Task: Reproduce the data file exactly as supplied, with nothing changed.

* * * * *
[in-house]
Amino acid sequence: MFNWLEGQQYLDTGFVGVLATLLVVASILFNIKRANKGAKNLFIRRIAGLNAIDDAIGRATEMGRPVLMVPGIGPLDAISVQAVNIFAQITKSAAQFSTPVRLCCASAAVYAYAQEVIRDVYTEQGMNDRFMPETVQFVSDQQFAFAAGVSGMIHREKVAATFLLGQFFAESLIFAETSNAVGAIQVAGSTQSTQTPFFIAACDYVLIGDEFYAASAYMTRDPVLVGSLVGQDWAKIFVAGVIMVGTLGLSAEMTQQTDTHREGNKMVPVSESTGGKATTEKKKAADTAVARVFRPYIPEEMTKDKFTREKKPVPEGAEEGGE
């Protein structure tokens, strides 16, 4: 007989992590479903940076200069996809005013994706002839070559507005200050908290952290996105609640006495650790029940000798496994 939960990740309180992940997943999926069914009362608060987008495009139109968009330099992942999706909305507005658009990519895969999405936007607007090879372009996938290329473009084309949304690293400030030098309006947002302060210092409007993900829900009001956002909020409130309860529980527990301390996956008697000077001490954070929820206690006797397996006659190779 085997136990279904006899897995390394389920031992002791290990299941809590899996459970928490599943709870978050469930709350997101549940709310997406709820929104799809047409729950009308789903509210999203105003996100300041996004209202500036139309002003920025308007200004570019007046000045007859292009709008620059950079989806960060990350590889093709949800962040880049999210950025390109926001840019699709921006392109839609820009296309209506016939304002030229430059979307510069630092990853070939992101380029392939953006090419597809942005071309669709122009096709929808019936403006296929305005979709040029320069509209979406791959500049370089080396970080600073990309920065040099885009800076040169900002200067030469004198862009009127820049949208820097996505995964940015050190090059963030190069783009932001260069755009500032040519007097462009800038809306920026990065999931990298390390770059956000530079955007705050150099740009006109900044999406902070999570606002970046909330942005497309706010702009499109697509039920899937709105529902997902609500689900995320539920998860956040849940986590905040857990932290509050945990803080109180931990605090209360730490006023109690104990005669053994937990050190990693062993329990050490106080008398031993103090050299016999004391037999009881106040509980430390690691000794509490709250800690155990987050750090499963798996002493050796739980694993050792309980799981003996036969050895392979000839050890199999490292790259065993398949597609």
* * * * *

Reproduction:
[in-house]
Amino acid sequence: MFNWLEGQQYLDTGFVGVLATLLVVASILFNIKRANKGAKNLFIRRIAGLNAIDDAIGRATEMGRPVLMVPGIGPLDAISVQAVNIFAQITKSAAQFSTPVRLCCASAAVYAYAQEVIRDVYTEQGMNDRFMPETVQFVSDQQFAFAAGVSGMIHREKVAATFLLGQFFAESLIFAETSNAVGAIQVAGSTQSTQTPFFIAACDYVLIGDEFYAASAYMTRDPVLVGSLVGQDWAKIFVAGVIMVGTLGLSAEMTQQTDTHREGNKMVPVSESTGGKATTEKKKAADTAVARVFRPYIPEEMTKDKFTREKKPVPEGAEEGGE
């Protein structure tokens, strides 16, 4: 007989992590479903940076200069996809005013994706002839070559507005200050908290952290996105609640006495650790029940000798496994 939960990740309180992940997943999926069914009362608060987008495009139109968009330099992942999706909305507005658009990519895969999405936007607007090879372009996938290329473009084309949304690293400030030098309006947002302060210092409007993900829900009001956002909020409130309860529980527990301390996956008697000077001490954070929820206690006797397996006659190779 085997136990279904006899897995390394389920031992002791290990299941809590899996459970928490599943709870978050469930709350997101549940709310997406709820929104799809047409729950009308789903509210999203105003996100300041996004209202500036139309002003920025308007200004570019007046000045007859292009709008620059950079989806960060990350590889093709949800962040880049999210950025390109926001840019699709921006392109839609820009296309209506016939304002030229430059979307510069630092990853070939992101380029392939953006090419597809942005071309669709122009096709929808019936403006296929305005979709040029320069509209979406791959500049370089080396970080600073990309920065040099885009800076040169900002200067030469004198862009009127820049949208820097996505995964940015050190090059963030190069783009932001260069755009500032040519007097462009800038809306920026990065999931990298390390770059956000530079955007705050150099740009006109900044999406902070999570606002970046909330942005497309706010702009499109697509039920899937709105529902997902609500689900995320539920998860956040849940986590905040857990932290509050945990803080109180931990605090209360730490006023109690104990005669053994937990050190990693062993329990050490106080008398031993103090050299016999004391037999009881106040509980430390690691000794509490709250800690155990987050750090499963798996002493050796739980694993050792309980799981003996036969050895392979000839050890199999490292790259065993398949597609």